The Minneapolis Foundation awarded $80 million to worthy causes in Minnesota and around the world last year. That’s an average of nearly $220,000 a day, making it hard to wrap your head around the depth and breadth of that work.

Now the nonprofit — eager to better explain its mission, bolster community conversations and shape its future path — has launched an innovative website called OneMpls Community Hub (

The website underscores the foundation’s six core areas: arts and culture, civic engagement, community health, economic vitality, education, and environment and conservation. It offers quizzes, video clips and information on issues confronting the city, and provides links to many of the nonprofits that receive dollars from the Minneapolis Foundation.

It supplements rather than replaces the foundation’s more conventional website,

The Minneapolis Foundation rolled out the website earlier this month with new CEO R.T. Rybak, the former Minneapolis mayor, cheerleading the new online resource in an introductory video.

“Four hundred thousand people wake up every day in this beautiful place we call Minneapolis,” Rybak says in the video. “Tens of thousands more come to work and play. We all go our different ways, but you have to ask yourself: Where do we come together? When do we learn from each other? When do we ask questions? How do we create common ground? …

“We thought maybe it was time to try something just a little different.”

Information and dialogue

In the video, Rybak says the Community Hub website is a place not only to celebrate Minneapolis’ success stories but to provide information and conduct honest dialogue.

“It’s a place you go to see all sorts of great things about Minneapolis — our jobs, our park, our housing, all the things we love. But it’s also a place that will challenge us to do better,” he says.

The idea for the new website was born during the Minneapolis Foundation’s centennial celebration last year.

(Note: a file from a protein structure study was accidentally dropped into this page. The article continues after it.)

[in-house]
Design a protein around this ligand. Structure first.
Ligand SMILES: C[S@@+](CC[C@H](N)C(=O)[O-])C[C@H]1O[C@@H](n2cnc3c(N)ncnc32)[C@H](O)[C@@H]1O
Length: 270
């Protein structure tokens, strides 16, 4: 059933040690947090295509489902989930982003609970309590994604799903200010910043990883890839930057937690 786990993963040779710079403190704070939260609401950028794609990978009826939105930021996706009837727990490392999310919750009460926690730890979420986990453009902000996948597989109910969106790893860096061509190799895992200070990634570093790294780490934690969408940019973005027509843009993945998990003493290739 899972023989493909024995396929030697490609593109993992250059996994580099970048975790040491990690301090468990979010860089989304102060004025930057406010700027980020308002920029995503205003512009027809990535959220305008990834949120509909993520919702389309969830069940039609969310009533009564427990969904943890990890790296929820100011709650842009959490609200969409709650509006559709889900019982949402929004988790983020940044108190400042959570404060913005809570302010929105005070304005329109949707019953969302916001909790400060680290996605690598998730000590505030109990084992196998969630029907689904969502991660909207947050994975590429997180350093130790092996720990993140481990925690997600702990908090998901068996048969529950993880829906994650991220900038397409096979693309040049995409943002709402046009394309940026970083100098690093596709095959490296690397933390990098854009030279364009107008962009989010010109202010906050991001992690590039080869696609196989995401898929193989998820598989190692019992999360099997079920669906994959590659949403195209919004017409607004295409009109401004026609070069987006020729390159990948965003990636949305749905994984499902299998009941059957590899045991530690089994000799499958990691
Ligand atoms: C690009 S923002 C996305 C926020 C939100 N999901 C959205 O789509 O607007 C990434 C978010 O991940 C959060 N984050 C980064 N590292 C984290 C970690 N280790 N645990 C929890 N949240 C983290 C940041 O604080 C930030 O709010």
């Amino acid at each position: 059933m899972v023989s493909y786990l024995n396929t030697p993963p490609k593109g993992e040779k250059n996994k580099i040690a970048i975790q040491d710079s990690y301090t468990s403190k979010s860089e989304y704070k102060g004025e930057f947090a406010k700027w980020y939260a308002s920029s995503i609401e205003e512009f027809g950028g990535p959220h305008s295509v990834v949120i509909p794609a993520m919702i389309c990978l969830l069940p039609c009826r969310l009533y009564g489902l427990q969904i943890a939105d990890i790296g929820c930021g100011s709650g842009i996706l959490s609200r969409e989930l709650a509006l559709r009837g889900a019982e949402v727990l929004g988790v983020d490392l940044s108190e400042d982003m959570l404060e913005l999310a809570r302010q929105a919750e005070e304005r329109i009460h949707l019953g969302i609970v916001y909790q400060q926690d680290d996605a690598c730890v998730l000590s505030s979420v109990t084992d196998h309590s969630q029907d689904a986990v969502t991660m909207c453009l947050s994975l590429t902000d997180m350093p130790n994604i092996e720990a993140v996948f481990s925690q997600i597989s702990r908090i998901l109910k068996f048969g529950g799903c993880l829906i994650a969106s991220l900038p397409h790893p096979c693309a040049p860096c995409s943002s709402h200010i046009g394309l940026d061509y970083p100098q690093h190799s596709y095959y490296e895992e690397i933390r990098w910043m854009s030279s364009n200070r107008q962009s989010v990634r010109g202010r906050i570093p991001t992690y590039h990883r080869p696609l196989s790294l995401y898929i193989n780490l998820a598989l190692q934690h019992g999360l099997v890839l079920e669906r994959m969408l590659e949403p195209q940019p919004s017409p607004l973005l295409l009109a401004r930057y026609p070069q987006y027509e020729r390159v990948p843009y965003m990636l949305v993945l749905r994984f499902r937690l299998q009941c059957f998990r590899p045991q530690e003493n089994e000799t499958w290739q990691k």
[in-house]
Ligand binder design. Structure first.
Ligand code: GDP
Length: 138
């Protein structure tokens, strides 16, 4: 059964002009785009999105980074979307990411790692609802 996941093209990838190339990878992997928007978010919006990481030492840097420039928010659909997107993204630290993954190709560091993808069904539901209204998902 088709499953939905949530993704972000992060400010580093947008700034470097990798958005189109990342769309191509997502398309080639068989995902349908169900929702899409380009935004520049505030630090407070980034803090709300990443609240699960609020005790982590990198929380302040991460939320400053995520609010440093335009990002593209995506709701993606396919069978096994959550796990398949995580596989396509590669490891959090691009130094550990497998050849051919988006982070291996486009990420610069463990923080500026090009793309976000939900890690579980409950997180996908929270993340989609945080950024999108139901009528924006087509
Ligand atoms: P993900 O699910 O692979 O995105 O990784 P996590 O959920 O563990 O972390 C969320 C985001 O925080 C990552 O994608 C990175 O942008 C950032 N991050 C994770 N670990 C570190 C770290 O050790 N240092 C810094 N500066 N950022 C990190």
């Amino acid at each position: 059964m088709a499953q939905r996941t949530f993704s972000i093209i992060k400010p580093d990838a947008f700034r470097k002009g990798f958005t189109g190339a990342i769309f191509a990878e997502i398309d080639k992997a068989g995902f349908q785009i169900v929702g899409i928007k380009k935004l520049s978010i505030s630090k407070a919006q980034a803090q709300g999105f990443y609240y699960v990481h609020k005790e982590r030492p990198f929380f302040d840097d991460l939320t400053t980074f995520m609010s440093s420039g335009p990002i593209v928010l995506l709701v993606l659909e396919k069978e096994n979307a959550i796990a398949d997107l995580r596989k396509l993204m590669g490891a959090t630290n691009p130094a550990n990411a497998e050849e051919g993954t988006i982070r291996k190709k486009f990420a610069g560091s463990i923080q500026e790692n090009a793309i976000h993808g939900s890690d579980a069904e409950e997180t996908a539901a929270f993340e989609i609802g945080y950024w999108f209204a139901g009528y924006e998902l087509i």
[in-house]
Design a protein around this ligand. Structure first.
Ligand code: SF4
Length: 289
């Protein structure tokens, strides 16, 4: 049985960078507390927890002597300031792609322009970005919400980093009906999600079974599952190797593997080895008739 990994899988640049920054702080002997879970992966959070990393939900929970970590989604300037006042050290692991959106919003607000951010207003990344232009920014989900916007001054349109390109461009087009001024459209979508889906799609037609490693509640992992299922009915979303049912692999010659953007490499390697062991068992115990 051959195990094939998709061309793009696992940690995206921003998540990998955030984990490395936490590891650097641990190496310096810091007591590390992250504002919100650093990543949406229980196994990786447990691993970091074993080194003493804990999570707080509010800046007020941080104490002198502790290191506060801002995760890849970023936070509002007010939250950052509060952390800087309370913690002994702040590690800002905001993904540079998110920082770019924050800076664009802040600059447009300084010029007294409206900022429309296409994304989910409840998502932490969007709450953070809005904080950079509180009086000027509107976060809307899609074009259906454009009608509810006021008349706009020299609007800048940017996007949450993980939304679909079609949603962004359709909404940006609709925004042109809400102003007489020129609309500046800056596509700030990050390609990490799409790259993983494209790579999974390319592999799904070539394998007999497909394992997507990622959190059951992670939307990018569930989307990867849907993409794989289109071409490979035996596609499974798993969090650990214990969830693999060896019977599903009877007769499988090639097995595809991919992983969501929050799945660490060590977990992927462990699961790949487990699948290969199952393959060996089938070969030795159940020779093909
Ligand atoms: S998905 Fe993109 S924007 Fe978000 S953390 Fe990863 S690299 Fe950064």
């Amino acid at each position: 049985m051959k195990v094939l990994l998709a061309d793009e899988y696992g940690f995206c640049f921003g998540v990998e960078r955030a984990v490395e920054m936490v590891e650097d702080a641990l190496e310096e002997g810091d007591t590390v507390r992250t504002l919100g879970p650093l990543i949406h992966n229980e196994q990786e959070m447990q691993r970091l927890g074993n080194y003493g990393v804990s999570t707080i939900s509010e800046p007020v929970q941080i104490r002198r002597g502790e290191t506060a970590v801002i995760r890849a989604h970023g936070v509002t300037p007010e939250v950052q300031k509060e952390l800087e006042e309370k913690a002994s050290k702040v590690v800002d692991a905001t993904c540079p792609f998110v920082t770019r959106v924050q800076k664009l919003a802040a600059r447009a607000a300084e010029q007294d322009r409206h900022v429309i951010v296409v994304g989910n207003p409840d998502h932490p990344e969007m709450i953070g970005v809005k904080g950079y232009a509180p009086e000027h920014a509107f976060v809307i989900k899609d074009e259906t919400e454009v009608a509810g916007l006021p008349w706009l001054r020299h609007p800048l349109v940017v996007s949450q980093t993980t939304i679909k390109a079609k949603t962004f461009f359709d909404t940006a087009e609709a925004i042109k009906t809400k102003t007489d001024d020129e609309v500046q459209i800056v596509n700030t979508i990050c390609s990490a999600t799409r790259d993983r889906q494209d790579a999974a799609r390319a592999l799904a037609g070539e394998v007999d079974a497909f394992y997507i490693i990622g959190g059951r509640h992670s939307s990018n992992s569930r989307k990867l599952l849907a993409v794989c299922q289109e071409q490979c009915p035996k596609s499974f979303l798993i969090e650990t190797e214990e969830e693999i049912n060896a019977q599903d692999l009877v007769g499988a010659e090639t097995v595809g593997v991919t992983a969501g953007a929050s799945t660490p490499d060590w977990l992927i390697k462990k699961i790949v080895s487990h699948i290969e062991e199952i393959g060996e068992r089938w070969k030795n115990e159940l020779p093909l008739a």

City leaders and community members gathered one day last September to toast the foundation’s 100th year and to talk about the future of the nonprofit and their city.

“They all came eager to learn about issues and solutions. They were interested in finding ways to connect with other people,” said Minneapolis Foundation spokeswoman Teresa Morrow.

Many left wanting more. Eager to keep those discussions going, staff began work on the online hub.

“In response to the hunger for information we heard from attendees at the Futurist Conference, we developed the hub to respond to that need in a timely and cost-effective way,” Morrow said. “While a conference for more than 2,500 attendees can cost in excess of $500,000, we can provide similar content in a highly accessible format for an initial investment of less than $20,000 to build the infrastructure. We can continue to tap internal resources to ensure ongoing content is fresh and relevant, which is very cost effective.”

Morrow said so far the average visitor to the Community Hub browses the site for 5 minutes. That’s 2 ½ times longer than the average visitor spends on the foundation’s flagship website.

“The hub is a great way for people to learn, engage and make change,” Morrow said.